You Only Have I’s For You / Ross Klavan

As writers we are selling ourselves. We are taking our thoughts and funneling our imagination into stories. This week’s Killer Nashville guest blogger, Ross Klaven, discusses his experiences with using your own experiences to create genuine work.

Happy reading!
Clay Stafford
Clay Stafford
Founder Killer Nashville
Publisher / Editorial Director Killer Nashville Magazine

An old writer friend, who disappeared into the wilds of Canada and changed his name, gave me this advice: “If they want to buy your writing, sell your writing. If they want to buy your voice, sell your voice. If they want to buy your face, sell your face. You’ve only got you, you’ve got nothing else to sell.”

OK, this was a downbeat guy and this was phrased in a downbeat fashion. Still, it’s got a nice ring to it. Like an actor, a writer has only him or herself to use but it’s how you use yourself and your vast experience that will either get you working or will leave you at the keyboard sitting immobile in deep freeze.

My film Tigerland (starring Colin Farrell) was based in my own infantry training in the U.S. Army. Two guys from the unit got in touch with me when the film came out many years after the fact—one said I’d embellished things but he understood it was a movie, and the other said, “It’s so accurate you must have a photographic memory.”

I’d also read most of the great war novels and seen the films. So, for me, it was a weird mélange of all that. I dropped the experience into the muck and let it ferment until it took on a quality of…I don’t know what to call it. Maybe it has no category or maybe the transmission of the facts of our lives into fiction is a fundamental human action in itself and needs no translation.

The same for my novel Schmuck which is based on a character very much like my father, a radio comedian in the 1950’s and 1960’s. This book sat stalled, I could not get things right. And then one night I dreamed that I was walking through an old time radio station—the studios, the newsroom—and everything was tinged in a green mist. When I woke up, I realized that everyone in the dream was dead, and because radio is based in sound and voice, the sound and voice of my draft was dead, as well. It needed a different narrative voice, not the one I was forcing on it (apparently) but one with a little more buoyancy. That change done, the darkly comic book took off.

Triple Shot, proved to be slightly different. My novella Thump Gun Hitched is about two LA cops who get into a lot of trouble and, off the force, get into even worse trouble trying to help each other out south of the border. To write this so that the reader wouldn’t throw it across the room in disgust, I screwed together a whole series of experiences and some you might not expect. I’ve never been a cop, but years ago I was a reporter and spent way too much time with the police. I was in the military and know a little about weapons. I’ve spent some time in the desert and love that kind of landscape even though it’s always got a touch of desolation, despair and danger. But all that mixed with two other elements—a guy that I spoke with once who taught unarmed combat to cops and soldiers and who’d been a cop until, at a party, he did something dumb and ended up doing time. And some of the great Western films. I’d loved those films, always wanted to write one … and that, I think, became the wheel that gave me distance and a voice and on which I could turn lots of disparate experience to make the story a hoot to read.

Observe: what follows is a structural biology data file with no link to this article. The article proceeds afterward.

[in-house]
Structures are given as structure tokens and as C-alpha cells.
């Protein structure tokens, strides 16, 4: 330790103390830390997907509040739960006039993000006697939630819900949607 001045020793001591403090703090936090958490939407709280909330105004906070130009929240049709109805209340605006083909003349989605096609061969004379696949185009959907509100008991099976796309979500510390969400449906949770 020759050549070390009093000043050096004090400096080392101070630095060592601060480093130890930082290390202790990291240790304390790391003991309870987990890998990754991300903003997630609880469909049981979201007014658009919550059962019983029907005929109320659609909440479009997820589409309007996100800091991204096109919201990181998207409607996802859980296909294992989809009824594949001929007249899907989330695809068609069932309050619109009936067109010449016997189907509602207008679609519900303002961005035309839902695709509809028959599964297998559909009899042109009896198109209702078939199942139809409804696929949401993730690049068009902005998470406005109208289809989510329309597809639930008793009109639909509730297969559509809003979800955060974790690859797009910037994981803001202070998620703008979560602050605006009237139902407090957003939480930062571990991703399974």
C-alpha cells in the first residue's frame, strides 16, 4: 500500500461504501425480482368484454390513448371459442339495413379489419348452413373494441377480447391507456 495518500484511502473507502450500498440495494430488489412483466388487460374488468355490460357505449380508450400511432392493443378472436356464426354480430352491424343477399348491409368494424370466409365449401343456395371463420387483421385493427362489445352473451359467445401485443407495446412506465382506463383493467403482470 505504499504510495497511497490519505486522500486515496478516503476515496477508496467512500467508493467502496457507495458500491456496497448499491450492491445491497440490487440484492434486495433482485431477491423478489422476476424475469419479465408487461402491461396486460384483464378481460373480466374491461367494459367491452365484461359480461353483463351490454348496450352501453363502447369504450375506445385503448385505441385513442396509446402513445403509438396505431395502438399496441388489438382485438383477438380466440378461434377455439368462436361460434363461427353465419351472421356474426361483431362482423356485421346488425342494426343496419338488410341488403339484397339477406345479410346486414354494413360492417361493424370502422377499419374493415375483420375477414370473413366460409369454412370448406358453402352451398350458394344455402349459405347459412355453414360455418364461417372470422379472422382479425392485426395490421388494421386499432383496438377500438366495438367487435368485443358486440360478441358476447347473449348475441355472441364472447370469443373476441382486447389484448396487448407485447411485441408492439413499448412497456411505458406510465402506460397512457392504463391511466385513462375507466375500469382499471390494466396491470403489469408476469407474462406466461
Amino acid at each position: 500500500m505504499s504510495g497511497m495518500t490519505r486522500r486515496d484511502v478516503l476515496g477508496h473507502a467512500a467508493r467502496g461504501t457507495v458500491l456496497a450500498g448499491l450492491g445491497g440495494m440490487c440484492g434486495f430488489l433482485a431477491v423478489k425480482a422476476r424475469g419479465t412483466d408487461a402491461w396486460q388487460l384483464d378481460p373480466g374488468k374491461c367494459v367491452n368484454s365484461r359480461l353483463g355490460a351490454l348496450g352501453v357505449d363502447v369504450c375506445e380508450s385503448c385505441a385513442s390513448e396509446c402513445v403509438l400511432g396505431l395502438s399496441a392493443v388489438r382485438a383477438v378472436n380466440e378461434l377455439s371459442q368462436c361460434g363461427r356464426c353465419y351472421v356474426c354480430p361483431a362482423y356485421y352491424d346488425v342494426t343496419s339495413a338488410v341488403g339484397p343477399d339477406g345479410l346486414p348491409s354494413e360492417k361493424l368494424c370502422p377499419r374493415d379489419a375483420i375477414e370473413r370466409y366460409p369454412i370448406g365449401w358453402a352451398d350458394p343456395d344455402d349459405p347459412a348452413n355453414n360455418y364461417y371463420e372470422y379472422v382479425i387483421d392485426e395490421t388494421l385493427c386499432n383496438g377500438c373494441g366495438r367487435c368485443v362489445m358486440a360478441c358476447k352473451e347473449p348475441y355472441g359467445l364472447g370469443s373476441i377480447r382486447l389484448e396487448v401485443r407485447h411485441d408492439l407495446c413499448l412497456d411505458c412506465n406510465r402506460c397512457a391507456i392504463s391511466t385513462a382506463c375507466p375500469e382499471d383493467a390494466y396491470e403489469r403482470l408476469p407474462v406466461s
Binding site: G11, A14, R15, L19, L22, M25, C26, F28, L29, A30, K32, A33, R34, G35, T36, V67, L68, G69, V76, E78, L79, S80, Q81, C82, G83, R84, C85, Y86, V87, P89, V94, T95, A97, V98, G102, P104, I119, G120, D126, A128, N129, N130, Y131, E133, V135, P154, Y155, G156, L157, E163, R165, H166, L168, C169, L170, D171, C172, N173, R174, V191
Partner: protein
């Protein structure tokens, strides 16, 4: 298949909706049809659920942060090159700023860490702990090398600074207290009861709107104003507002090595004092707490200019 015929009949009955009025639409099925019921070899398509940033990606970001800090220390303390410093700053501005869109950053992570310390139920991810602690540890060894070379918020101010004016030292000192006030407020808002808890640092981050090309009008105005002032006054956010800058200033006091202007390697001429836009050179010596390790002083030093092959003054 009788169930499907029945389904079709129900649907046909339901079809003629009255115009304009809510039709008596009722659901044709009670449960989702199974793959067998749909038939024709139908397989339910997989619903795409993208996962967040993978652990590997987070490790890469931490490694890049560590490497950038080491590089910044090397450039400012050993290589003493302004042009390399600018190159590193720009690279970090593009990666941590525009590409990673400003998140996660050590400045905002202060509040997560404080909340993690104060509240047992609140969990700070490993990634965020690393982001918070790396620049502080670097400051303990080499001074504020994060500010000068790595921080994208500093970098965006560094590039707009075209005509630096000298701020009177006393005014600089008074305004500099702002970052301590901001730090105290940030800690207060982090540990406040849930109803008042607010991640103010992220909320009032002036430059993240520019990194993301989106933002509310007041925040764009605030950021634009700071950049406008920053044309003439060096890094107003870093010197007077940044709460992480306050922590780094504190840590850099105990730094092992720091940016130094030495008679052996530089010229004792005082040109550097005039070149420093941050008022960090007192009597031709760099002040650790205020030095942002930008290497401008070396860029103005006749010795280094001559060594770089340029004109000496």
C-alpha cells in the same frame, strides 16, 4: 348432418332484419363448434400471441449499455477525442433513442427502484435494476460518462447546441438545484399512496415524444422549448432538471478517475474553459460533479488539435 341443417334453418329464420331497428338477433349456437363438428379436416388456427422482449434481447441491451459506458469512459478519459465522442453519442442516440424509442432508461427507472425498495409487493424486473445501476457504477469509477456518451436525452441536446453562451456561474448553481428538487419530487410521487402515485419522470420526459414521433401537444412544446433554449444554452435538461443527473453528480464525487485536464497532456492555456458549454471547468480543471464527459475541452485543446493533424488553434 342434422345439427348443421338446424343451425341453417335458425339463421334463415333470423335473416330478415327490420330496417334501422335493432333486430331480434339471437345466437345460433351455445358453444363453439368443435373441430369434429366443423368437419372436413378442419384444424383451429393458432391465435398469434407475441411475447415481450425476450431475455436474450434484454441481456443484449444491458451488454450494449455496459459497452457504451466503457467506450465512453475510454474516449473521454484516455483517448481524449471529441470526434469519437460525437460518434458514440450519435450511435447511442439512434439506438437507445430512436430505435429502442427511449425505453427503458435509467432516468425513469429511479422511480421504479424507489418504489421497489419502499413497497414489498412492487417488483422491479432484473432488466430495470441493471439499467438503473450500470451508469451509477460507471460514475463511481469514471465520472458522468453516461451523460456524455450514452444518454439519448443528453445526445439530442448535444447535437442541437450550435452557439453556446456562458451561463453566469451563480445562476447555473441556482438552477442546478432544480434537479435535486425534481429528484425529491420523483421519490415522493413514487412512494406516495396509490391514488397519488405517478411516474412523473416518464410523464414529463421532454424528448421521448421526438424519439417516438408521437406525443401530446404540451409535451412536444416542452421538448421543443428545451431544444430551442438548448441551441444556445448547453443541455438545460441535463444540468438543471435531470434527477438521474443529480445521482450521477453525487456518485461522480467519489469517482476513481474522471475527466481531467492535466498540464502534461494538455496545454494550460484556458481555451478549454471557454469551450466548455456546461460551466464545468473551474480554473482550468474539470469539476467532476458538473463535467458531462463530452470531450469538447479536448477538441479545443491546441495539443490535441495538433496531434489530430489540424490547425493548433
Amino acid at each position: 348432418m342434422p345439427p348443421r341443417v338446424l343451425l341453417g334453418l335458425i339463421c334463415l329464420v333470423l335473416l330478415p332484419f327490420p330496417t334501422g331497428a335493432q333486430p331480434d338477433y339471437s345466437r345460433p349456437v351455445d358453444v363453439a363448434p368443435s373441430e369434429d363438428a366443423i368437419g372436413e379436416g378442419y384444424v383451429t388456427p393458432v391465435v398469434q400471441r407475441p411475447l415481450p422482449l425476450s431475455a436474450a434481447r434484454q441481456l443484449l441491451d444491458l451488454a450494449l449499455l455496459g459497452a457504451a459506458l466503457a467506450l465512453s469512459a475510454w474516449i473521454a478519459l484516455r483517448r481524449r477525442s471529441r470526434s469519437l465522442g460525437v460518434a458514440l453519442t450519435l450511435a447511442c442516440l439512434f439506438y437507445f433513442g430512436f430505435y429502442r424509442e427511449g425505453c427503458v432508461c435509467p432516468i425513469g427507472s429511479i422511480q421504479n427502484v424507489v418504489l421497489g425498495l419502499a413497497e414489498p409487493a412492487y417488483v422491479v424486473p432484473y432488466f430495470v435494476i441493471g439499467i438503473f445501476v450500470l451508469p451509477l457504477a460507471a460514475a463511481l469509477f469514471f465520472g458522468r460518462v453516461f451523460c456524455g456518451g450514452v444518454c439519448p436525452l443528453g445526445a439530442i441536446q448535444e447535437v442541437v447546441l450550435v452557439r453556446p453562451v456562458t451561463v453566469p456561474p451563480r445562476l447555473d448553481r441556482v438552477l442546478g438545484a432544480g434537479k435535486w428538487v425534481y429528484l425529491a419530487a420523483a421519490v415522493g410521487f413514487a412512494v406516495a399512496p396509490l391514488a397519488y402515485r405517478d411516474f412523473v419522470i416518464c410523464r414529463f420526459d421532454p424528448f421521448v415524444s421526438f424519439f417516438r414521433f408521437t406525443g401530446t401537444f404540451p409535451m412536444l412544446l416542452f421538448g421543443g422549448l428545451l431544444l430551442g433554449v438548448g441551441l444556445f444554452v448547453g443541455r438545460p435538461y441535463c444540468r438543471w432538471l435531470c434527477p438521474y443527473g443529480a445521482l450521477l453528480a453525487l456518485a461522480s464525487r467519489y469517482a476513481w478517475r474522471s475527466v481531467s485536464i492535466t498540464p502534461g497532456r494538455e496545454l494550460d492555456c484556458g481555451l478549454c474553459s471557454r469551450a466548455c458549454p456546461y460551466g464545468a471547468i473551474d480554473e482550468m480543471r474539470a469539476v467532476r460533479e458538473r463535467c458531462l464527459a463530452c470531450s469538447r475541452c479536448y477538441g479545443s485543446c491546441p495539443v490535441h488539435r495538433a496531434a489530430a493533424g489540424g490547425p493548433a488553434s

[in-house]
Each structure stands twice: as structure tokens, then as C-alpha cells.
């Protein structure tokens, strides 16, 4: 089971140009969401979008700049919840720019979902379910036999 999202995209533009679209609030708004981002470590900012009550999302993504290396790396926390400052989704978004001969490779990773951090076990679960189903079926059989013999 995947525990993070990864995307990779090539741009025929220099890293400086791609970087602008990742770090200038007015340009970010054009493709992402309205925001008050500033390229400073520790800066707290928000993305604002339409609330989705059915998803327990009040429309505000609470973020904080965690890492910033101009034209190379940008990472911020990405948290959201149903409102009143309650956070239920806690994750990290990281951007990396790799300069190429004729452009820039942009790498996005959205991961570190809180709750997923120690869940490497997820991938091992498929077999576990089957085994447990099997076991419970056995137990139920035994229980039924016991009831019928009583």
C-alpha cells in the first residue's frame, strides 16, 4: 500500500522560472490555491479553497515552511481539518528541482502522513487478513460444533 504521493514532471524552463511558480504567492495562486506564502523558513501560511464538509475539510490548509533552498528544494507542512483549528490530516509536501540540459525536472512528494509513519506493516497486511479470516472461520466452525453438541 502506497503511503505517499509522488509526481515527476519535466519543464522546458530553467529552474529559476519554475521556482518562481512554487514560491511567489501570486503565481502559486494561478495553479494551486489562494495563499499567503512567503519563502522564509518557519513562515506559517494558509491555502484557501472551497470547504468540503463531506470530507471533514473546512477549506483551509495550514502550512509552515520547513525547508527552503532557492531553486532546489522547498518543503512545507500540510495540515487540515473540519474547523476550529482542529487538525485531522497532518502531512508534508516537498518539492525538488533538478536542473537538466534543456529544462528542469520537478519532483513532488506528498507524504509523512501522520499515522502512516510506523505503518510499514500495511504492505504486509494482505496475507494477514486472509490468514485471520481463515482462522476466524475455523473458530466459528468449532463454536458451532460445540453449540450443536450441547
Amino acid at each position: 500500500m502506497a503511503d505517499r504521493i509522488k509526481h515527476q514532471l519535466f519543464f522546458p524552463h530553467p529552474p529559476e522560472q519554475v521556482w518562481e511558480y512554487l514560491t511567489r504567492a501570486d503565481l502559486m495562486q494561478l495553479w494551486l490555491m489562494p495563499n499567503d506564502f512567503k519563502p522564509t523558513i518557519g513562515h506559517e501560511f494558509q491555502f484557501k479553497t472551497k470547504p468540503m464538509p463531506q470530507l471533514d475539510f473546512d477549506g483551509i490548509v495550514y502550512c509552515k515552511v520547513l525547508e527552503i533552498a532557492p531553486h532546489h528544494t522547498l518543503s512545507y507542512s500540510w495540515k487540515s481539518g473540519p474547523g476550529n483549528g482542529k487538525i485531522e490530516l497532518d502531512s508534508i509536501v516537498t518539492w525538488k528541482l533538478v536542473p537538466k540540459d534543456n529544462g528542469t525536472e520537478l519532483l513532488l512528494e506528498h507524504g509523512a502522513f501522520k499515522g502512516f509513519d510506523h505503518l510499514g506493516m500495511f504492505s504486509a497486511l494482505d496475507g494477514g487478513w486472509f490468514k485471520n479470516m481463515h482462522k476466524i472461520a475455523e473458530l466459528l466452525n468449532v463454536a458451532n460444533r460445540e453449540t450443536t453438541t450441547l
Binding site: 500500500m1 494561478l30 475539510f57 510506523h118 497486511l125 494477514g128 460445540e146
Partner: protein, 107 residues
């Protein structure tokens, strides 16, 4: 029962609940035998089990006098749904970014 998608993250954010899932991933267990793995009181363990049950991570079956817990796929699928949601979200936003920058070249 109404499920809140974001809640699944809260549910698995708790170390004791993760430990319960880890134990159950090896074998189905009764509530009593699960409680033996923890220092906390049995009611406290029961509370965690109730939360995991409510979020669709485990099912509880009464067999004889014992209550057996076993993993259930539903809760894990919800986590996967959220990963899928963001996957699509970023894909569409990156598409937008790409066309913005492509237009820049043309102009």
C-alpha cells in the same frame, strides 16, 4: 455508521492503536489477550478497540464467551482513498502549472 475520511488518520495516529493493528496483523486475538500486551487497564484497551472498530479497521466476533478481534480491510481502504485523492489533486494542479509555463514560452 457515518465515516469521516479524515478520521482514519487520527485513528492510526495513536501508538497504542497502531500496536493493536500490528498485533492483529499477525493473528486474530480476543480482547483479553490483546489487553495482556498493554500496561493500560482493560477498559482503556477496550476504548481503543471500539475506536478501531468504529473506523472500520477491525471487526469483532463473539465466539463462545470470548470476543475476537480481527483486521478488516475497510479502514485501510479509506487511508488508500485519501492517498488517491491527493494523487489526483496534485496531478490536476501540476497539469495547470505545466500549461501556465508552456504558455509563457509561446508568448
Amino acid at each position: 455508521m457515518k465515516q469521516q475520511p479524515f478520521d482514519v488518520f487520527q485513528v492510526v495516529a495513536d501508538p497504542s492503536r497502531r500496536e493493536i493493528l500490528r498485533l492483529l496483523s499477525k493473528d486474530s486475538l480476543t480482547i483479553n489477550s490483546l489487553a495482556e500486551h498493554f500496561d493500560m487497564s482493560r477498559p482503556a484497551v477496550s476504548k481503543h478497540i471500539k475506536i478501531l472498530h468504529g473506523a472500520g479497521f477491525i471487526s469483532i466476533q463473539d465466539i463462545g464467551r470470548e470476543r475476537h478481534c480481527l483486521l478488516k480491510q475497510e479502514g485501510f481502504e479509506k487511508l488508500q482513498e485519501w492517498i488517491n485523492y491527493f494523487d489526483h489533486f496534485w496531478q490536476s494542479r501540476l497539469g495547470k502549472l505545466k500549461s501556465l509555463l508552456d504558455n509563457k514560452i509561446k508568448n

The actors I know seem, for some reason, much more comfortable with using this level of “psychic reality” for their craft. I’ve known actors who used a momentary scare that turned out to be unnecessary (like being robbed with a toy gun) into a terrifying, believable fear on film. I’ve seen actors use hallucinations from an LSD trip, not to depict the surreal, but to put emotion on stage. Writers, often, seem either apologetic about how they use experience, as if it’s expressly forbidden to “write about yourself” or they see their everyday experience as mundane and not useable. Or they’re desperate to be thought imaginative, so nothing they write, they claim, has any basis in what’s hilariously called “real life.”

What you make up is most often—but not always—better than simple reporting. If you work in fiction of any kind, though, you know that everything has a fictive sheen to it. And it’s that little bit of distance on the mix of the so-called “real” and “unreal” that works, I think, and the understanding that if it’s you writing, then for better or for worse, you have nothing else, really, to offer besides yourself.

Ross Klavan’s novel, Schmuck, was published by Greenpoint Press in 2014. He recently finished the screenplay for The Colony based on the book by John Bowers. His latest writing project, Triple Shot, is a novella featuring fellow writers Charles Salzberg and Tim O’Mara. Nominated for an Independent Spirit Award, his original screenplay, Tigerland, was directed by Joel Schumacher and starred Colin Farrell. He has written screenplays for InterMedia, Walden Media, Miramax, Paramount, A&E and TNT. As a performer, Klavan’s voice has been heard in dozens of feature films including Revolutionary Road, Sometimes in April, Casino, In and Out, and You Can Count On Me as well as in numerous TV and radio commercials. In other lives, he was a member of the NYC alternative art group Four Walls and was a reporter covering New York City and London.

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Thanks to Tom Wood, Arthur Jackson, and publisher/editorial director Clay Stafford for their assistance in putting together this week’s blog.

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